LONDON, July 1 – Researchers in the UK and the U.S. have found ways to recycle electric vehicle batteries that could drastically reduce costs and carbon emissions, and provide a stable supply for expected demand growth.
Includes removal methods, including reusing some parts of the battery automotive industry Fighting criticism that EVs start with heavy carbon footprints of mined materials, even if they reduce lifetime waste.
As national governments and regions race to provide supplies for the expected acceleration of EV demand, the discoveries will enable the supply of valuable materials such as cobalt and nickel. They also reduce dependence on China and the difficult jurisdictions of the miners.
“We can’t recycle complex products like batteries like we can recycle other metals. Disintegration, mixing of battery components and pyrometallurgy destroy value, ”said Gavin Harper, a researcher at the Faraday Institute, which is supported by the British government.
Pyrometallurgy involves the extraction of metals using high heat in blast furnaces, which is not economical in the opinion of analysts.
The recycling methods used also rely on splitting batteries into very small pieces called black masses, which are then recycled into metals such as cobalt and nickel.
Switching to a practice called direct recycling, which retains components such as cathode and anode, can dramatically reduce energy waste and production costs.
Researchers at the University of Leicester and the University of Birmingham, working on the Faraday Institute’s ReLib project, have found a way to use ultrasonic waves to process cathodes and anodes without crushing, and have applied for a patent.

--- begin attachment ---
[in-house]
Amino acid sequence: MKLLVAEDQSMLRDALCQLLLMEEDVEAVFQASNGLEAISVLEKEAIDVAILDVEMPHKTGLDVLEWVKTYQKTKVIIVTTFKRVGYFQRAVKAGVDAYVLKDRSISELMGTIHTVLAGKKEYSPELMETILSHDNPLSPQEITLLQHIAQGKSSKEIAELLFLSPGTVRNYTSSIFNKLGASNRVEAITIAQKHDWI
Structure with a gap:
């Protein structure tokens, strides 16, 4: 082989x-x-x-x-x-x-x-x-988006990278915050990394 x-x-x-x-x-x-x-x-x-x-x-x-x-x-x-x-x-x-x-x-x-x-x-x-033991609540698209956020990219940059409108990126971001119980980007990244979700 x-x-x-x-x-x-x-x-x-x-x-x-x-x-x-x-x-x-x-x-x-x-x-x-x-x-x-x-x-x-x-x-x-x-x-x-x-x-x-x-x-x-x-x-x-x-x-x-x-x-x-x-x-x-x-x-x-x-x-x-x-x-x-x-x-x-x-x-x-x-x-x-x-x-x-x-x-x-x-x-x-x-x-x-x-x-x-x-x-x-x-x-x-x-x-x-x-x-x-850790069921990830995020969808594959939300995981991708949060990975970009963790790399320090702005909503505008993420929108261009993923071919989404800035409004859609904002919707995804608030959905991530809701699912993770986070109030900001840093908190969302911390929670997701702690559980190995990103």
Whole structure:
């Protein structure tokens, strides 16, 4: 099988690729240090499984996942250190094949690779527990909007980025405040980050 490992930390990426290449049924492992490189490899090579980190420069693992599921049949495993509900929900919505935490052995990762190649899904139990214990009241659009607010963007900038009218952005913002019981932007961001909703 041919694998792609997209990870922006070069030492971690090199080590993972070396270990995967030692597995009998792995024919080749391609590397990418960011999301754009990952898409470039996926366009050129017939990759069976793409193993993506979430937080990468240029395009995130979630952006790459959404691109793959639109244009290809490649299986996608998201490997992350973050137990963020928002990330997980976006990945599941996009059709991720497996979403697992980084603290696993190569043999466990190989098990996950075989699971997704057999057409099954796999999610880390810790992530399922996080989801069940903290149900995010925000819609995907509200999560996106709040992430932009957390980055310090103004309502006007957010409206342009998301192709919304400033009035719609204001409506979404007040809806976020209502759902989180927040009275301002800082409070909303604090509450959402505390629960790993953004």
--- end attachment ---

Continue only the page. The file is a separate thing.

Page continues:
The technology recovers a cathode powder consisting of an aluminum layer of cobalt, nickel and manganese, to which it is bonded in the manufacture of the battery. The anode powder, which can usually be graphite, is separated from the copper layer.
Andy Abbott, a professor of physical chemistry at the University of Leicester, says the separation using ultrasonic waves results in a 60 percent savings over the cost of virgin material.
Compared to traditional technology based on hydrometallurgy, which uses liquids derived from materials such as sulfuric acid and water, ultrasound technology is said to process 100 times more battery material during this period.
Abbott’s team manually disassembled the batteries to test the process, but ReLib is working on a project to use robots to separate batteries and packages more efficiently.
While it takes time to collect supplies and waste, Abbott said the technology initially expected batteries to be used by battery manufacturers as raw materials and recycled materials are returned to battery production.
Processing is useful
In the United States, a project called ReCell by the Department of Energy is in the final stages of demonstrating a variety of yet promising recycling technologies that can be recycled to convert a battery cathode into a new cathode.
ReCell, led by Jeff Spangenberger, studied a variety of methods, including ultrasound, but focused on thermal and solvent-based methods.
“The U.S. doesn’t produce much cathode domestically, so if we use hydrometallurgy or pyrometallurgy, we have to turn the recycled materials into cathodes and send them to other countries to send back to us,” Spangenberger said.
“To make lithium-ion battery recycling more profitable, without requiring consumers to pay for disposal, and to stimulate growth in the recycling industry, new methods need to be developed that will bring more benefits to recycling enterprises.”
There are challenges to direct processing, including ever-evolving chemistry, Spangenberger said. “ReCell is working on the separation of various cathode chemicals.”
Early electric vehicle batteries typically used a cathode containing equal amounts of nickel, manganese, cobalt, or 1-1-1. In recent years, this has changed as manufacturers seek to reduce costs, and cathode chemistry can be 5-3-2, 6-2-2, or 8-1-1.
The approach in Faraday’s ReLib project is to process the virgin material to obtain the desired ratios of nickel, manganese, and cobalt.